Sunday, July 17, 2011

War Framing

The inspiration for this post comes from a Michael O’Hanlon article entitled “Staying Power: The U.S. Mission in Afghanistan Beyond 2011” that appeared in the September/October 2010 issue of Foreign Affairs. O’Hanlon does a masterful job of articulating the problems that where facing Afghanistan as of that writing and still holding true today such as corruption at all levels of government and the uneven success the Americans and Afghans have had in insuring security in provinces throughout Afghanistan. Insurgent violence had escalated, committing President Obama to send 30,000 troops in as part of the surge, even as President Obama’s own advisors such as Joe Biden and National Security Advisor James Jones doubted such a strategy. Such a deliberation indicates a reluctance or skepticism about the situation in Afghanistan, shared with the American public. I wanted to take another approach though and ask: Does America have the will to stay in Afghanistan far past the recent announced drawdown of troops?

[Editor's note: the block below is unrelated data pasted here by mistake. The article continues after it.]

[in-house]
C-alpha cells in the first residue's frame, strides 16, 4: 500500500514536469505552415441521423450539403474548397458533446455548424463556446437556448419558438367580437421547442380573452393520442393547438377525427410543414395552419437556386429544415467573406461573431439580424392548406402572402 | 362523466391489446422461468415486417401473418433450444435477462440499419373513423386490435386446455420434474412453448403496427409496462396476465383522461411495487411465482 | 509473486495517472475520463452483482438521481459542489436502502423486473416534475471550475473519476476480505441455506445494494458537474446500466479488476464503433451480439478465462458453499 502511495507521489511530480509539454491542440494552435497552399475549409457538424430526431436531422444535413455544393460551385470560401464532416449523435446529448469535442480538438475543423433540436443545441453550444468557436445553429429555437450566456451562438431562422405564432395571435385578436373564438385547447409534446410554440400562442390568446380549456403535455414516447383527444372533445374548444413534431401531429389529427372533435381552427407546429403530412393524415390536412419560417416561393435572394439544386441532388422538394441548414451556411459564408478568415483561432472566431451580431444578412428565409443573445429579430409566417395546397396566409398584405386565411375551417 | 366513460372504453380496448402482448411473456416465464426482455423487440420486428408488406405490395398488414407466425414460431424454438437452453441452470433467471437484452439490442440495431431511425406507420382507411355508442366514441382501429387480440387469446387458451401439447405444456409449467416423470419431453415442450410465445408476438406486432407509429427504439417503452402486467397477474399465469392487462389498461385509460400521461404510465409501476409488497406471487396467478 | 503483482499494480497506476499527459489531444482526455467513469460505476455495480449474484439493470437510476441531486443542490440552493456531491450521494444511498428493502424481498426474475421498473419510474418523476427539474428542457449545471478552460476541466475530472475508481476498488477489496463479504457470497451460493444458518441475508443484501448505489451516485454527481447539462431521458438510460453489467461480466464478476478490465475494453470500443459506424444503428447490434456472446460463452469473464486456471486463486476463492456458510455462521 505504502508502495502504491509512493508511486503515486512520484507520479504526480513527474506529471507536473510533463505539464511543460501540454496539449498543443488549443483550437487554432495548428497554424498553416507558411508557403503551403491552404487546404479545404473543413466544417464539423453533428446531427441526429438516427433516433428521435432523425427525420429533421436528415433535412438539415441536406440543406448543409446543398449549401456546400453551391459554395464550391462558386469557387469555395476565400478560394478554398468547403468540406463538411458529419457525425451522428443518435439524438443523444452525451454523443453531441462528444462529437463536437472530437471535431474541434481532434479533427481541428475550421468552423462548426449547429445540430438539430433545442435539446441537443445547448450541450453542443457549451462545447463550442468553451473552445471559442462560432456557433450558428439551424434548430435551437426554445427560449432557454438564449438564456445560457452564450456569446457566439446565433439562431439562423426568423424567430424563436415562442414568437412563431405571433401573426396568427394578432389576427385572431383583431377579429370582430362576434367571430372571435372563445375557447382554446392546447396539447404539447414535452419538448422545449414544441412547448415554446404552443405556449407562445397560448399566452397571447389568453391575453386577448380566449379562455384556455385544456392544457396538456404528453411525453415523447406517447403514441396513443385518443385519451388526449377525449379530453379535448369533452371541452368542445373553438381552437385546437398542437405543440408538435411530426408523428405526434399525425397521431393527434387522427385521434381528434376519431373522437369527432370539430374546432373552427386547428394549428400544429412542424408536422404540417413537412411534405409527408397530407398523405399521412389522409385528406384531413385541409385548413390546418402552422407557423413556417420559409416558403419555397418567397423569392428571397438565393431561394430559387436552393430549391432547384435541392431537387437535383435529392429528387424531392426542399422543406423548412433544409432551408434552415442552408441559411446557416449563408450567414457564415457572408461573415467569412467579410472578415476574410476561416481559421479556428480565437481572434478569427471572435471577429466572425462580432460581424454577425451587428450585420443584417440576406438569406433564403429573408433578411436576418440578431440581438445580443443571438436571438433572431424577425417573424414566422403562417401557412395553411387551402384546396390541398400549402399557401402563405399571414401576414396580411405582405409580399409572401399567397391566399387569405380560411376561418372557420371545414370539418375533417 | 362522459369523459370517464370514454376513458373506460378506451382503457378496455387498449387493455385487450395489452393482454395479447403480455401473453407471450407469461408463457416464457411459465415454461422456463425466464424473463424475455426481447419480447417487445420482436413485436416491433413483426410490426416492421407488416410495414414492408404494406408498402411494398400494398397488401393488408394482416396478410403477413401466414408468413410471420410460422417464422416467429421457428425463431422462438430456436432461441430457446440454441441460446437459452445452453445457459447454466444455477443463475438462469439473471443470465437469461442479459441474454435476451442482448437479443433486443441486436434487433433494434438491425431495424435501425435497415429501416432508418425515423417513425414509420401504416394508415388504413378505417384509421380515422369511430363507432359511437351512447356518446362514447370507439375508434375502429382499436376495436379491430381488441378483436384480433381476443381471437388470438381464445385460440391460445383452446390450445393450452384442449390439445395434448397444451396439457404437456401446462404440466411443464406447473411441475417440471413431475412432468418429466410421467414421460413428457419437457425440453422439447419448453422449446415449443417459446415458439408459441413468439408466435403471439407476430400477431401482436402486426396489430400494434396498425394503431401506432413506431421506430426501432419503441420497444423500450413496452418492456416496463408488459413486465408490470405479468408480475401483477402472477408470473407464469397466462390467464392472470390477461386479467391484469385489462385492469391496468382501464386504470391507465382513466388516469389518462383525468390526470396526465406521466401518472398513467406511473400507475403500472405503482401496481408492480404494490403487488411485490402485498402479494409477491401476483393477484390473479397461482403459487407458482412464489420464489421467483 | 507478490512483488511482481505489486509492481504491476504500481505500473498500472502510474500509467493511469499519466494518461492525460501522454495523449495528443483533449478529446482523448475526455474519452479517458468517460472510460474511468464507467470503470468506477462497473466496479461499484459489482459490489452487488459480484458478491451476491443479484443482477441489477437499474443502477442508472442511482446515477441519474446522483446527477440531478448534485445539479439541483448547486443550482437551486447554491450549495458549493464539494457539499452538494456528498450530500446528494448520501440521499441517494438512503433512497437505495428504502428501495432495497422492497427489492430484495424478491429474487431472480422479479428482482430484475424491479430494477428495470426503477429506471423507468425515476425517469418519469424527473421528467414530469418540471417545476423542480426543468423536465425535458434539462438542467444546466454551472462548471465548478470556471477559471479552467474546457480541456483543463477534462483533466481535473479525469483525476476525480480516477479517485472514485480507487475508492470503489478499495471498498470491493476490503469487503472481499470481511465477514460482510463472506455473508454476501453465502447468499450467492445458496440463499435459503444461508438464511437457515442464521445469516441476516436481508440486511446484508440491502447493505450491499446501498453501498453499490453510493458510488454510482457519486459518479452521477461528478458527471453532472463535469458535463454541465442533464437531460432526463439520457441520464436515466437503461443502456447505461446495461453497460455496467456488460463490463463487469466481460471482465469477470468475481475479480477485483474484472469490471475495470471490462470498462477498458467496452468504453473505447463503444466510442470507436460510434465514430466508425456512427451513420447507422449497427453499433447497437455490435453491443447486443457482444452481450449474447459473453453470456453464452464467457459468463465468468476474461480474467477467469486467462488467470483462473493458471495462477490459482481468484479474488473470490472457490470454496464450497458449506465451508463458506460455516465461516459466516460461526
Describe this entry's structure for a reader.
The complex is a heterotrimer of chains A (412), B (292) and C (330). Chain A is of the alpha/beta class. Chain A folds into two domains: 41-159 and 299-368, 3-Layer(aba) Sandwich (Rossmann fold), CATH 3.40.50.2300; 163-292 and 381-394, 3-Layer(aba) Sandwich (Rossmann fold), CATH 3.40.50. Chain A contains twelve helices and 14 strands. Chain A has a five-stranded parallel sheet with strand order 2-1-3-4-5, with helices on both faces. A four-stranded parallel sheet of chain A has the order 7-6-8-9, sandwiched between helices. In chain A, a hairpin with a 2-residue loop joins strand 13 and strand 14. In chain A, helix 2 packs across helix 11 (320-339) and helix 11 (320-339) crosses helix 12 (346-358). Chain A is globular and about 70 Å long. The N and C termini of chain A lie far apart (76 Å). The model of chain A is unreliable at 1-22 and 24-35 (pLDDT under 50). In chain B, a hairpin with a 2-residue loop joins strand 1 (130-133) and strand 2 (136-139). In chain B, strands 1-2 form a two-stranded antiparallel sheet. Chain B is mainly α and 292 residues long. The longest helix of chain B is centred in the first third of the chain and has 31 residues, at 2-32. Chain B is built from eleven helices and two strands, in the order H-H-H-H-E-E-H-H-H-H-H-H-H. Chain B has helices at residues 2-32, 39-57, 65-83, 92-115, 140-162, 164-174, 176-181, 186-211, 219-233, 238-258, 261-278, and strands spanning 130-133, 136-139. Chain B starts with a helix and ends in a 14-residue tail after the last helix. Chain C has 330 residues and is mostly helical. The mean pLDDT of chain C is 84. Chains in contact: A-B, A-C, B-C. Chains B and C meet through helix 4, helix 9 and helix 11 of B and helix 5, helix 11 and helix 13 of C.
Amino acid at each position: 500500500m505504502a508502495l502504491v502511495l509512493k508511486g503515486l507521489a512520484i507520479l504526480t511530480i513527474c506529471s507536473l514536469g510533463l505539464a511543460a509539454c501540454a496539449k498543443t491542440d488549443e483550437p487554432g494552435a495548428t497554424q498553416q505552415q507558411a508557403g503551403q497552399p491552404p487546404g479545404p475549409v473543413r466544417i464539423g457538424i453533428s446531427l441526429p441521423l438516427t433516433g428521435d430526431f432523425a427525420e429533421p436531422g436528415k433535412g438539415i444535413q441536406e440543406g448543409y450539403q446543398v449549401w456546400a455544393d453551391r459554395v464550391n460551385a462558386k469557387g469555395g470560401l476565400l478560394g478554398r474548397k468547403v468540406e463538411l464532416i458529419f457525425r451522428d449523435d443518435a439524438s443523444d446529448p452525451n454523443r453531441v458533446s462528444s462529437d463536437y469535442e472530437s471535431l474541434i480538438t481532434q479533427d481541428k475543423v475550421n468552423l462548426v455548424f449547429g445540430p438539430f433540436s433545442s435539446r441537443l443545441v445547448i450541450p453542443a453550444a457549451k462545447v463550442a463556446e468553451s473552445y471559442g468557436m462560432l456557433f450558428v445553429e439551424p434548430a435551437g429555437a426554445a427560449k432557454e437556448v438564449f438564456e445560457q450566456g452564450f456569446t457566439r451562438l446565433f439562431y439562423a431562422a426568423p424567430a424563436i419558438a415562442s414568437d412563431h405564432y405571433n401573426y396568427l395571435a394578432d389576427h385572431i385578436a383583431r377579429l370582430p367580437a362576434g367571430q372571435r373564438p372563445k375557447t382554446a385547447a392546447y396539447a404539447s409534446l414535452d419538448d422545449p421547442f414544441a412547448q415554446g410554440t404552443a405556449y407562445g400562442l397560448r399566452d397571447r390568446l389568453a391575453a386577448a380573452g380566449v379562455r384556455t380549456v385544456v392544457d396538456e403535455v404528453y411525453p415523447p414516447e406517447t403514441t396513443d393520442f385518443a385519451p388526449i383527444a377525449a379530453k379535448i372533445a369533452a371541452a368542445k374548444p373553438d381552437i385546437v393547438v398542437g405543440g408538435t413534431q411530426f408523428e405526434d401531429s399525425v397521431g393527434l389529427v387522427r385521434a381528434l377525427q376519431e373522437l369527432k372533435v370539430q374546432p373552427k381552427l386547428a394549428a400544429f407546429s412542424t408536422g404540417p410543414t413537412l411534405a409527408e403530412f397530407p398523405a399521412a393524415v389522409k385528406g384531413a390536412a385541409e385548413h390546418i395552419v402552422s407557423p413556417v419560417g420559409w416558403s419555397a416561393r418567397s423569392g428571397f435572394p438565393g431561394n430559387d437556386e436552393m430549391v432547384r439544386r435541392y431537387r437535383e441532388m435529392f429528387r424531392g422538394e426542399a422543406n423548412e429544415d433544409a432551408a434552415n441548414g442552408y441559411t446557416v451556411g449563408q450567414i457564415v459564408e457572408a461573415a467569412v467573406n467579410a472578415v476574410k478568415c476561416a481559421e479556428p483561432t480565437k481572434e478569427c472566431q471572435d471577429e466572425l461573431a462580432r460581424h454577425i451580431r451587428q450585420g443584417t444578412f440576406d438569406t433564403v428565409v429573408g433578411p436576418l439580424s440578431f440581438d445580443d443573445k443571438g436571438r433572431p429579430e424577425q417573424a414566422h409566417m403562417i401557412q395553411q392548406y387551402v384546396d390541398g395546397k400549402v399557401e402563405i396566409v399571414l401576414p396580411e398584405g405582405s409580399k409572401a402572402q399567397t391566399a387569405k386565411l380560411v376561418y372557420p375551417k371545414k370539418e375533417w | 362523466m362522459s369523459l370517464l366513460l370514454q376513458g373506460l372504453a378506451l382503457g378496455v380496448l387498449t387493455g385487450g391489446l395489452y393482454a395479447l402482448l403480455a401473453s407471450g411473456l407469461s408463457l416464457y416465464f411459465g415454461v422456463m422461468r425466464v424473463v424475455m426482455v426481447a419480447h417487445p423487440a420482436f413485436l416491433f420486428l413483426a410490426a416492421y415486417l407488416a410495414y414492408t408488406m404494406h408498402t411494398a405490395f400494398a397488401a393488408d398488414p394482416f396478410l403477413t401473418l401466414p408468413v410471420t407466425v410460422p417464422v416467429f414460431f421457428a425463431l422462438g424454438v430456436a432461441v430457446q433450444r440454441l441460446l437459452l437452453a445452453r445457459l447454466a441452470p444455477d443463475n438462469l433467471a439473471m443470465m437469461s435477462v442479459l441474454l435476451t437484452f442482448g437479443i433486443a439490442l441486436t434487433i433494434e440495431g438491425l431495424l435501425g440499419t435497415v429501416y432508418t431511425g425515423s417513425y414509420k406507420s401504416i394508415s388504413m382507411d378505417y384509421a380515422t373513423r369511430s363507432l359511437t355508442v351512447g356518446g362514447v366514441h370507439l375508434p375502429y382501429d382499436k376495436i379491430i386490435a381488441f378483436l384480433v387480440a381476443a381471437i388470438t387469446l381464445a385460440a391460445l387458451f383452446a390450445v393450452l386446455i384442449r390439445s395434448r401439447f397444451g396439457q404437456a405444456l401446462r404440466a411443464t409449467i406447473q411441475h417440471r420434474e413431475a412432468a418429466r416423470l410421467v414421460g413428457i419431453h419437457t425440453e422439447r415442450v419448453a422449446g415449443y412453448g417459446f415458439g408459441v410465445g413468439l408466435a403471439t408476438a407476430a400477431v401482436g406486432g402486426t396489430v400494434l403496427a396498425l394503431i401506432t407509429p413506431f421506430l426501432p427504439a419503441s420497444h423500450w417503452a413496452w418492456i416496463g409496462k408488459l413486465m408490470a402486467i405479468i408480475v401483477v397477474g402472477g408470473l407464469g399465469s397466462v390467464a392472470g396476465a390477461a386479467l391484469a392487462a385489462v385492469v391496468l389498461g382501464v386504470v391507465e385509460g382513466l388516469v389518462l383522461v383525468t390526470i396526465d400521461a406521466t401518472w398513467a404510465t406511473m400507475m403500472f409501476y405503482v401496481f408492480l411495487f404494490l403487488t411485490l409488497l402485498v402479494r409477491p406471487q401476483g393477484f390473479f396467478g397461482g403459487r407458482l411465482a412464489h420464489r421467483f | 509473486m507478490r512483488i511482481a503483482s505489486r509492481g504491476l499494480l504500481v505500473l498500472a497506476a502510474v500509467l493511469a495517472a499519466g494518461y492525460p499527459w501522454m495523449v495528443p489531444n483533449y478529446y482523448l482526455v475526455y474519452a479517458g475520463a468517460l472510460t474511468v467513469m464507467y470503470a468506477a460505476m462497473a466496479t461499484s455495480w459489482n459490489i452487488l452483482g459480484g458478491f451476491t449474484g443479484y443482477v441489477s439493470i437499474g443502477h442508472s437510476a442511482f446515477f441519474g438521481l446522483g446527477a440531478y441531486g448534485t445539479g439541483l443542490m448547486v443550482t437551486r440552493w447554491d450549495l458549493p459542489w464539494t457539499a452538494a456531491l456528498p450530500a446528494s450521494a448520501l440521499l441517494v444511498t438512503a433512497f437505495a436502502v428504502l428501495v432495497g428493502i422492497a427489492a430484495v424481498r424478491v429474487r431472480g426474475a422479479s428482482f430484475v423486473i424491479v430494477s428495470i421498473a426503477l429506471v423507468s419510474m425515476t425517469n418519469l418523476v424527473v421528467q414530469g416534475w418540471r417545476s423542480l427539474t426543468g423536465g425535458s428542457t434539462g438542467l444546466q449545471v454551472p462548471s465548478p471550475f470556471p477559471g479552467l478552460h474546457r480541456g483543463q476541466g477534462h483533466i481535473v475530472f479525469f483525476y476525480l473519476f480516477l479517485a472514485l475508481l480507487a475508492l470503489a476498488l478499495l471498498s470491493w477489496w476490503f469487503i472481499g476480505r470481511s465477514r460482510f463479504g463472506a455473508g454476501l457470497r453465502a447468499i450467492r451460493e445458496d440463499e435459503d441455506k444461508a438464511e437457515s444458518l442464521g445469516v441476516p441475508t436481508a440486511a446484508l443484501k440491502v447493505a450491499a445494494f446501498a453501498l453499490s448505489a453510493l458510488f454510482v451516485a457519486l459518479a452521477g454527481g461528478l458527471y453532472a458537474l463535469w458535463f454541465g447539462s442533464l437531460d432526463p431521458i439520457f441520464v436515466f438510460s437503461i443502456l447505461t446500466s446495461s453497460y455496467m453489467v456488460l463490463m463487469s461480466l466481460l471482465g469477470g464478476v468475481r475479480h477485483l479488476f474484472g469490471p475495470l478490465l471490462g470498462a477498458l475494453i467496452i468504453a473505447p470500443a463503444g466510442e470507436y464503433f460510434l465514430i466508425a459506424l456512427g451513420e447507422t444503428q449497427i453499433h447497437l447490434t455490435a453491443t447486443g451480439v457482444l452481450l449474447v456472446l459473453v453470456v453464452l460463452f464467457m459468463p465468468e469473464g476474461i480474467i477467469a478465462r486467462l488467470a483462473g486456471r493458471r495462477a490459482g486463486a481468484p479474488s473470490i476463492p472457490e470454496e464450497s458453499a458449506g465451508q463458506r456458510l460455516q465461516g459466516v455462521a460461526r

Although the economy has eclipsed the wars, the American public has a strong distaste for large casualties of war, suggesting that the Taliban and Al Qaeda could in fact, kill us out of war. With the economy weak, the billions of dollars spent in Afghanistan could be seen by a war weary public as a risk that we just don’t need. It would help the American public, if we finally got the definitive answer as to what constitutes winning and what our leaders are hoping to accomplish. Winning is a neat buzz word for everyone from Charlie Sheen to hawkish senators who scream from the halls of Congress about winning the war in Afghanistan. Yet few politicians have clearly defined what constitutes “winning.” Without this definition, defined for the American public, all we see are news reports of x number of soldiers killed in Afghanistan today and another sack of money spent. And politicians wonder why support for the war is so low because the only reason you’ve given the American on Main Street to care about it is by televising announcements of war casualties as we spend more money. Because America hasn’t seen much of success in Afghanistan, IED’s, roadside bombs, mass corruption, and Taliban are the face of Afghanistan. That’s not a picture that would entice a nation of three hundred million to stay in the long term.

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